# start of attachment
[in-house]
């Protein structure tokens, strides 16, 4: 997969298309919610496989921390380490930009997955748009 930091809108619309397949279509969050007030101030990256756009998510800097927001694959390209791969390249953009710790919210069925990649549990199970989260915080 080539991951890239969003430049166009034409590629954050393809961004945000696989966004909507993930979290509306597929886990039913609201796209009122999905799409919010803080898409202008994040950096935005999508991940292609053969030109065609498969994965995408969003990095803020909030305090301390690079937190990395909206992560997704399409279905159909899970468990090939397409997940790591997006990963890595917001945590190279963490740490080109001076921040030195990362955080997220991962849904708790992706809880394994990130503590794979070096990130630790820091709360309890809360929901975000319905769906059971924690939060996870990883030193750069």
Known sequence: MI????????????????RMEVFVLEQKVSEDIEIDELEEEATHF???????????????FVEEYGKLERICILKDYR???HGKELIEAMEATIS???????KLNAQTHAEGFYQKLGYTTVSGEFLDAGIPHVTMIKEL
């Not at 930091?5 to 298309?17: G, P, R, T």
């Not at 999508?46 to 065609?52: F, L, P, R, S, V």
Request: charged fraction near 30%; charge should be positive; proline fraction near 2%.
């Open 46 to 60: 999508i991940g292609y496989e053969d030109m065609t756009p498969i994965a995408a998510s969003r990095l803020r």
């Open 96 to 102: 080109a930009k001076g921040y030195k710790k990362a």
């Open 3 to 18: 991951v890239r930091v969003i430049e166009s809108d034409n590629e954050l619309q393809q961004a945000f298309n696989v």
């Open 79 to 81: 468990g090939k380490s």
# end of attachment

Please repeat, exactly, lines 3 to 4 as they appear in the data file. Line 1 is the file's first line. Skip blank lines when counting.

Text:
Known sequence: MI????????????????RMEVFVLEQKVSEDIEIDELEEEATHF???????????????FVEEYGKLERICILKDYR???HGKELIEAMEATIS???????KLNAQTHAEGFYQKLGYTTVSGEFLDAGIPHVTMIKEL
């Not at 930091?5 to 298309?17: G, P, R, T």